Looking for clarifications. You say most lawns are high in P and K based on farmers bringing in their soil...black coal top soil. That may be true for them, however, I am not so sure that is true in new developements over the last 20 years. Most developers grade and sell the good black top soil and only leave clay, then lay sod on top of the clay which does make having a nice yard more difficult in the hot months. I have even been putting on gypsum to try and break down the clay and to chemically arerate.
Are you saying that clay is high in P and K as well as top soil?
I was referring bringing in soil tests of their lawns. For the most part most established lawns don't need any P and K if you leave the clippings on the lawn. Most established lawns from acerages and older parts of towns will never need P and K.
Most clay I've been around from developments is very poor stuff and the P and K levels are all over the place. Fertility levels with clay are the least of the concerns as the soil structure of it is so poor that it is the main limiting factor. Clay can be very high in K due to all the exchange sites in the soil, but it is all about how much of that the plant can access. Clay can also be very high in P but the pH can be so high that the P is tied up as well.
I would send in some samples of different spots of the lawn to see what your fertility levels are as well as your pH and CEC. My guess is that your lawn will be a very high pH and CEC (i.e. a very tight soil that is not good for new plant growth).
IMO your best bet right now is a combination of anything you can physically do to improve soil structure as well as the use of amendments like gypsum. We have been seeing some great response in using humic acid products on clay soils in grass crops (corn, wheat, and oats) so that may be another option for you too. Another product that helps lawns in clay environments is Ammonium Sulfate, it gives N and sulfur plus it is acidic so it can give you a temporary response in fertility availability.
Either way good luck with your lawn, I don't envy anyone who has to deal with new development lawns.
I know I am bumping a 2 month old thread. A few weeks ago I had about 7 tons of black dirt hauled in to make the lady a few raised garden beds. Then about 4 days ago a weed started to grow, after reading this thread and a couple classes at ISU I knew what the weed was. I dug below the soil and this is what was hidden.
The tip of the pencil is the part that sends the plant above ground.
Good thing to kill yellow nutsedge as soon as possible, it does take over.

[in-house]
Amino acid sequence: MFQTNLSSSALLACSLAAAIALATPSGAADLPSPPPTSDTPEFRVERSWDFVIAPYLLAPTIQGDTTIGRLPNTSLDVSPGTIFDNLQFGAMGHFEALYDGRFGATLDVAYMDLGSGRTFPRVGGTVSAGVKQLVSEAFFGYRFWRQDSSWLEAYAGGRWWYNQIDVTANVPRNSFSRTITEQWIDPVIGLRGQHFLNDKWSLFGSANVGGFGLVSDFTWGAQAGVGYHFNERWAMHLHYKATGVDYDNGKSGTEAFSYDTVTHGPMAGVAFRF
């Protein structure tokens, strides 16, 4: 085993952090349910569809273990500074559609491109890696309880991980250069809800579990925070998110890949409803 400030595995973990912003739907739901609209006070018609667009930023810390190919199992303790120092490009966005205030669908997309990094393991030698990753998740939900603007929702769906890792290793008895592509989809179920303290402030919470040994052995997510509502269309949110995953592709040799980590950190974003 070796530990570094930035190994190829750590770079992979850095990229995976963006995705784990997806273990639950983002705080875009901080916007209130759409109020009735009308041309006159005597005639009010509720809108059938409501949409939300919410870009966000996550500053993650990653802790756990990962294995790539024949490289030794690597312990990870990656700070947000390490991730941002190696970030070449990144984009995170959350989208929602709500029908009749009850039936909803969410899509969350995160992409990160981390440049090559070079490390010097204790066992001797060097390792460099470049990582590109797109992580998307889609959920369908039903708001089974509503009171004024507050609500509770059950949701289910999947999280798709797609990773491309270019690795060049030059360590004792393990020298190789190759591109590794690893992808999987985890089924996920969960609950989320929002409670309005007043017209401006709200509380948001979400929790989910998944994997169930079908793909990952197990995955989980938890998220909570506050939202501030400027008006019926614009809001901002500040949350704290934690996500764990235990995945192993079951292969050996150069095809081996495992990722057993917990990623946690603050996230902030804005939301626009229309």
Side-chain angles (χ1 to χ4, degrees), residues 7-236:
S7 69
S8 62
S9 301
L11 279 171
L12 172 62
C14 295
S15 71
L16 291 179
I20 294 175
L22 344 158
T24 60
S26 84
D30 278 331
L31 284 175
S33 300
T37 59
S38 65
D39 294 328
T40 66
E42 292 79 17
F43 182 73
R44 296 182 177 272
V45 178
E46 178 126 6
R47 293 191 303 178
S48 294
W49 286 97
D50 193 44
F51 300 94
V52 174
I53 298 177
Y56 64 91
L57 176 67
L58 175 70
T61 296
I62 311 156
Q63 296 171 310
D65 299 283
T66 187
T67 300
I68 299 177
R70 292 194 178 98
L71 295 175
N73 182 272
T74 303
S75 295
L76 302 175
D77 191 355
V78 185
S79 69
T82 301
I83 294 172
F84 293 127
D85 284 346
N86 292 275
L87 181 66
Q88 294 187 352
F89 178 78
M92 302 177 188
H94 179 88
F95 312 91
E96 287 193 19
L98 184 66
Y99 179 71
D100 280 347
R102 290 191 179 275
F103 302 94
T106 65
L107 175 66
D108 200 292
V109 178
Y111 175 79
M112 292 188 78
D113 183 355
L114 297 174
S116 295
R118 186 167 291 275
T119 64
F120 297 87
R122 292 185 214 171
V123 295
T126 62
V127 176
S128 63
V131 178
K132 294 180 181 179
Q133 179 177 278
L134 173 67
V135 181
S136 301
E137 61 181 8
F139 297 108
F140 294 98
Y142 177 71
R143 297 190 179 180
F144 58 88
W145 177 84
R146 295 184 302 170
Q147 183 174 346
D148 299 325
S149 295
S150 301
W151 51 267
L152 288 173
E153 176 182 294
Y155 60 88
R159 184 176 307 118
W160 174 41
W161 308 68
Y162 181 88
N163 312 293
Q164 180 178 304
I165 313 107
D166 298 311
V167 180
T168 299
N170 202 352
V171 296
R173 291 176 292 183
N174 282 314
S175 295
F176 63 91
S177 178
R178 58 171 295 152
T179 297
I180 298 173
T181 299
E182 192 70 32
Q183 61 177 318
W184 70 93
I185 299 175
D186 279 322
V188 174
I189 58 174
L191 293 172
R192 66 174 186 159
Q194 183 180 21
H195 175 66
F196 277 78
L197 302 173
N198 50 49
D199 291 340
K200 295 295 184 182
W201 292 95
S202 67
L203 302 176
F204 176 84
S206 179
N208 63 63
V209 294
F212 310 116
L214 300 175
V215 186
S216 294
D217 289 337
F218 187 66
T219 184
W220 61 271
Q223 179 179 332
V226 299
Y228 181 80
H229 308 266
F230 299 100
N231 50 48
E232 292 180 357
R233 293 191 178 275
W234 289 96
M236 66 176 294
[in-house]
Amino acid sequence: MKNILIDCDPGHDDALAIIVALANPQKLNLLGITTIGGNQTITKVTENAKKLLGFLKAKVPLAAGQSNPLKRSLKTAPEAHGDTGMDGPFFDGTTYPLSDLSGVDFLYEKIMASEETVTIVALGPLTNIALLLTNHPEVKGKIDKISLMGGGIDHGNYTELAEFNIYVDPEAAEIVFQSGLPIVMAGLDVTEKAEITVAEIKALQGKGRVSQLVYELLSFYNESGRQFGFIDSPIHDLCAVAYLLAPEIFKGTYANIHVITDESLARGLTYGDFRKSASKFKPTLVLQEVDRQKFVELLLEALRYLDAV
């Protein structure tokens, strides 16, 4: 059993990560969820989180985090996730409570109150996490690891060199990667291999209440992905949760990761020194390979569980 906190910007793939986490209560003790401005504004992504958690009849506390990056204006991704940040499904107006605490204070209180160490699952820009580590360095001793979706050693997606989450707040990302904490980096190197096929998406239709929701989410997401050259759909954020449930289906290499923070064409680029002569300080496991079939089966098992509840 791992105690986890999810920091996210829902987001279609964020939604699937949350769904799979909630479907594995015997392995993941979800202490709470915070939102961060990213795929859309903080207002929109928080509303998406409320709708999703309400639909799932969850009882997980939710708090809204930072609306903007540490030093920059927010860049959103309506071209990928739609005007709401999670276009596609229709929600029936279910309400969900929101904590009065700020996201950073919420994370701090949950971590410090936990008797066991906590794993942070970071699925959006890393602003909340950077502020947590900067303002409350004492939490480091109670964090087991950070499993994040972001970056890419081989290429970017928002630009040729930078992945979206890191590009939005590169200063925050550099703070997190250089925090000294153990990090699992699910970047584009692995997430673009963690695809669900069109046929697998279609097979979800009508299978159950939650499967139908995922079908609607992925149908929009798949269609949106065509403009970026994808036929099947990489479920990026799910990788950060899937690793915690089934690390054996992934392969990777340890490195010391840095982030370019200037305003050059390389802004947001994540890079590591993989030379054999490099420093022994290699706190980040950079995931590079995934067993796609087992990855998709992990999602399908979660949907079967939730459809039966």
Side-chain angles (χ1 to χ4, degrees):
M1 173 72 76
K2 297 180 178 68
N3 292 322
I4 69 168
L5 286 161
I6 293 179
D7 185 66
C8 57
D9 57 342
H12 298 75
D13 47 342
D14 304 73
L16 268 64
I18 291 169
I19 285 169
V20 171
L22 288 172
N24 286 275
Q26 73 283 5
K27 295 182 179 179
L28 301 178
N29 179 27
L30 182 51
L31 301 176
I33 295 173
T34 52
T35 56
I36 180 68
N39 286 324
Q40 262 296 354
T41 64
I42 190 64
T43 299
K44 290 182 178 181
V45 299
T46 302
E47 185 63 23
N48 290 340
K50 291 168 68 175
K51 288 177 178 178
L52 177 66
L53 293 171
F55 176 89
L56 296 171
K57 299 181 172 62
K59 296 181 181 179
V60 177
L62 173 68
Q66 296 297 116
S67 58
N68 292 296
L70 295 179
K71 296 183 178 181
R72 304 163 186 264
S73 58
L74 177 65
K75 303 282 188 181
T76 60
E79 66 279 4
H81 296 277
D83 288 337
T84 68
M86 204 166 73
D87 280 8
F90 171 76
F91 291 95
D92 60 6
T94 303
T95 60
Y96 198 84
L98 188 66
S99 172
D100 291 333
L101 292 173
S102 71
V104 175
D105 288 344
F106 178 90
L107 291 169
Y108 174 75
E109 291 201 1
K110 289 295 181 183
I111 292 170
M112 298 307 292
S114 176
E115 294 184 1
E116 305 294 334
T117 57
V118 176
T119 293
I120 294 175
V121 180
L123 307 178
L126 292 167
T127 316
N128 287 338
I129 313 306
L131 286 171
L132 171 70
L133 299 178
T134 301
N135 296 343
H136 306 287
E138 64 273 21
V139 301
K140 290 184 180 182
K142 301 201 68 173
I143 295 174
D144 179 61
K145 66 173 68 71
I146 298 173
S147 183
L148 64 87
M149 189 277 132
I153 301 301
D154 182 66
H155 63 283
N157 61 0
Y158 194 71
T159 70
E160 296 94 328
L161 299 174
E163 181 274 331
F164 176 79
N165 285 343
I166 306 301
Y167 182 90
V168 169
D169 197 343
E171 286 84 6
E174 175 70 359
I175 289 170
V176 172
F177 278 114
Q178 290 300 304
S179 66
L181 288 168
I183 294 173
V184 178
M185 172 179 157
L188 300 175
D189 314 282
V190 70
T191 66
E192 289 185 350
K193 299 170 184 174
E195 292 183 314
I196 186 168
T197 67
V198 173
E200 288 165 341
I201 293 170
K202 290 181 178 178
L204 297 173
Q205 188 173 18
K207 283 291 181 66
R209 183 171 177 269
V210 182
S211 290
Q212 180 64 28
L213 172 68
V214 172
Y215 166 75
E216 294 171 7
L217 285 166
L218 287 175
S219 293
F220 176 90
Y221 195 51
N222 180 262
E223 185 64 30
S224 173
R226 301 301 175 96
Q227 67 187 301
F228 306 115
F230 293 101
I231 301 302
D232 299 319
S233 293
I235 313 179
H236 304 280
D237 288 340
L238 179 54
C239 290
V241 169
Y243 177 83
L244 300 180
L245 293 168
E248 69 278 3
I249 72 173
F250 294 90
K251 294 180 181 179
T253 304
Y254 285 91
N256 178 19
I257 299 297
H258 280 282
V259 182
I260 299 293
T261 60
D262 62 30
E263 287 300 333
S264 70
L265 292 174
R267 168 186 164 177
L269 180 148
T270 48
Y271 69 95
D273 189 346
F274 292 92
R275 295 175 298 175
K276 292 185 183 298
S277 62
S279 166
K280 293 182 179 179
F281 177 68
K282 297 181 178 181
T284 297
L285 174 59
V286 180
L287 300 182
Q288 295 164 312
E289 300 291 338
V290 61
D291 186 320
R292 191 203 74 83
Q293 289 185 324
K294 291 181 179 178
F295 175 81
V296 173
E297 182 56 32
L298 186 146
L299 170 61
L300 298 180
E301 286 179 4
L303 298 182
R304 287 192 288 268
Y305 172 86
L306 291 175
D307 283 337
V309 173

I cannot kill that nutsedge. Weed b gone does nothing. I picked it all, spent 2 hrs one day doing it. It all just came back... looks horrible. Got a different bottle of some weed killer, but it says you cannot use it until daytime temps are below 90, so I guess I finally can try it.
Last edited by brianhos; 08-29-2010 at 02:55 PM.
They who can give up essential liberty to obtain a little temporary safety, deserve neither liberty nor safety. - Benjamin Franklin 1775
I agree on the fertilizer. The best mix of fertilizer I have found is half potash (0-0-60) and have DAP (18-46-0) which gives you a 9-23-30. Set that a little lower then you would apply the Scott's(or pick your brand) and do that a couple times a year and you'll be golden. Go to a Coop and ask for that mix. A heck of a lot cheaper and a heck of a lot better product.
First number is the Nitrogen which affects the growth of the grass on top of the ground. I want a nice looking lawn but don't want to mow all the damn time.
The second two numbers are the phosphorous and potassium. They affect the growth of grass below the soil. They stimulate root growth and develop drought tolerance in your grass this time of year. They give the grass a good greenish blue color but don't send the grass into a growing frenzy.
I know the phosphorous is limited in lawn fertilizers to minimize runoff, but if you don't overapply the stuff, you don't have to worry about runoff.
You absolutely do not need that much P for turf. P is immobile once in the soil and is generally returned with clippings (unless you harvest). You would be better off going with MAP but you probably wouldn't need to apply P for five years.. If you apply two aps per year then you just applied enough P to last you for about 5 years. Too much P will end up tying up a lot of micronutrients in the soil and will lead to issues down the road. If it isn't tied up in the soil then it washes away and the soil can only handle so much P.
The primary reason P is limited in lawn fert because you just don't need to apply as much as you do N or K because P is immobile in the soil whereas N and K leach much easier. The turf plant has a very fibrous root system so once it is mature it can pull that P from the soil.
Yes, states have been banning P from lawn fertilizer to reduce runoff but that is not the primary reason. they ban it because it is over applied and that is why it leaches.
Heck, you would be better off getting som13-0-43 PNO3 (potassium nitrate) or using 21-0-0 and 0-0-50.
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